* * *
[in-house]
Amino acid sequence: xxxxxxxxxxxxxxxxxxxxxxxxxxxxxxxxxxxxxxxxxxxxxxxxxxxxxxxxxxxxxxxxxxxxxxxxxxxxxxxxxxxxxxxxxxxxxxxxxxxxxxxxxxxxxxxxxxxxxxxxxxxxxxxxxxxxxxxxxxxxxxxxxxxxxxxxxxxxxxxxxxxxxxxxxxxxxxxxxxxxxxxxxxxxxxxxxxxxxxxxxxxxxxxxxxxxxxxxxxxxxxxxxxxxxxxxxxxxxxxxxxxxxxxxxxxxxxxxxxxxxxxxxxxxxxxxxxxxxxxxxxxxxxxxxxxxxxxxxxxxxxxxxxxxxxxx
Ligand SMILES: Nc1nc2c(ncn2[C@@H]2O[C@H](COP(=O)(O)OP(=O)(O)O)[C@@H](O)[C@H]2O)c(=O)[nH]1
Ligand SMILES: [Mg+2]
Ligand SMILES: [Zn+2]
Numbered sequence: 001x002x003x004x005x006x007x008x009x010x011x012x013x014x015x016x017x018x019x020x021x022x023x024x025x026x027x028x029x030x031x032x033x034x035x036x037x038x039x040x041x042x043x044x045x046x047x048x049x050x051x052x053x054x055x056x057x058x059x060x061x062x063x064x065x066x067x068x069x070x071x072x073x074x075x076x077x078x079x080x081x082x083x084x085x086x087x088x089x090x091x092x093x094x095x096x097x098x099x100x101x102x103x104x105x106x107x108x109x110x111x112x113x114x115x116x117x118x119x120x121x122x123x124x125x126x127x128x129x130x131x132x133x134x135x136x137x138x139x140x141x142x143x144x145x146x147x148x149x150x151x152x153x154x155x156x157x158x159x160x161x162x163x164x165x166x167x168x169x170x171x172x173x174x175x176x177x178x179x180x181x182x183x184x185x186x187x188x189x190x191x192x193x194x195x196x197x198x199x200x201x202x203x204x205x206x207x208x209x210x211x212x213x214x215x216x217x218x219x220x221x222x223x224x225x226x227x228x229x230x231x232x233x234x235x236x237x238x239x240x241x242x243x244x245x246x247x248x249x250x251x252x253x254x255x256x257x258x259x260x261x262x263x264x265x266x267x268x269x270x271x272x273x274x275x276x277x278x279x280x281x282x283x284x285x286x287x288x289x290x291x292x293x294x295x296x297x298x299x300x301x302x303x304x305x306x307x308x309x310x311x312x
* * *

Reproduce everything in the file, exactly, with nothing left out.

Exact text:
[in-house]
Amino acid sequence: xxxxxxxxxxxxxxxxxxxxxxxxxxxxxxxxxxxxxxxxxxxxxxxxxxxxxxxxxxxxxxxxxxxxxxxxxxxxxxxxxxxxxxxxxxxxxxxxxxxxxxxxxxxxxxxxxxxxxxxxxxxxxxxxxxxxxxxxxxxxxxxxxxxxxxxxxxxxxxxxxxxxxxxxxxxxxxxxxxxxxxxxxxxxxxxxxxxxxxxxxxxxxxxxxxxxxxxxxxxxxxxxxxxxxxxxxxxxxxxxxxxxxxxxxxxxxxxxxxxxxxxxxxxxxxxxxxxxxxxxxxxxxxxxxxxxxxxxxxxxxxxxxxxxxxxx
Ligand SMILES: Nc1nc2c(ncn2[C@@H]2O[C@H](COP(=O)(O)OP(=O)(O)O)[C@@H](O)[C@H]2O)c(=O)[nH]1
Ligand SMILES: [Mg+2]
Ligand SMILES: [Zn+2]
Numbered sequence: 001x002x003x004x005x006x007x008x009x010x011x012x013x014x015x016x017x018x019x020x021x022x023x024x025x026x027x028x029x030x031x032x033x034x035x036x037x038x039x040x041x042x043x044x045x046x047x048x049x050x051x052x053x054x055x056x057x058x059x060x061x062x063x064x065x066x067x068x069x070x071x072x073x074x075x076x077x078x079x080x081x082x083x084x085x086x087x088x089x090x091x092x093x094x095x096x097x098x099x100x101x102x103x104x105x106x107x108x109x110x111x112x113x114x115x116x117x118x119x120x121x122x123x124x125x126x127x128x129x130x131x132x133x134x135x136x137x138x139x140x141x142x143x144x145x146x147x148x149x150x151x152x153x154x155x156x157x158x159x160x161x162x163x164x165x166x167x168x169x170x171x172x173x174x175x176x177x178x179x180x181x182x183x184x185x186x187x188x189x190x191x192x193x194x195x196x197x198x199x200x201x202x203x204x205x206x207x208x209x210x211x212x213x214x215x216x217x218x219x220x221x222x223x224x225x226x227x228x229x230x231x232x233x234x235x236x237x238x239x240x241x242x243x244x245x246x247x248x249x250x251x252x253x254x255x256x257x258x259x260x261x262x263x264x265x266x267x268x269x270x271x272x273x274x275x276x277x278x279x280x281x282x283x284x285x286x287x288x289x290x291x292x293x294x295x296x297x298x299x300x301x302x303x304x305x306x307x308x309x310x311x312x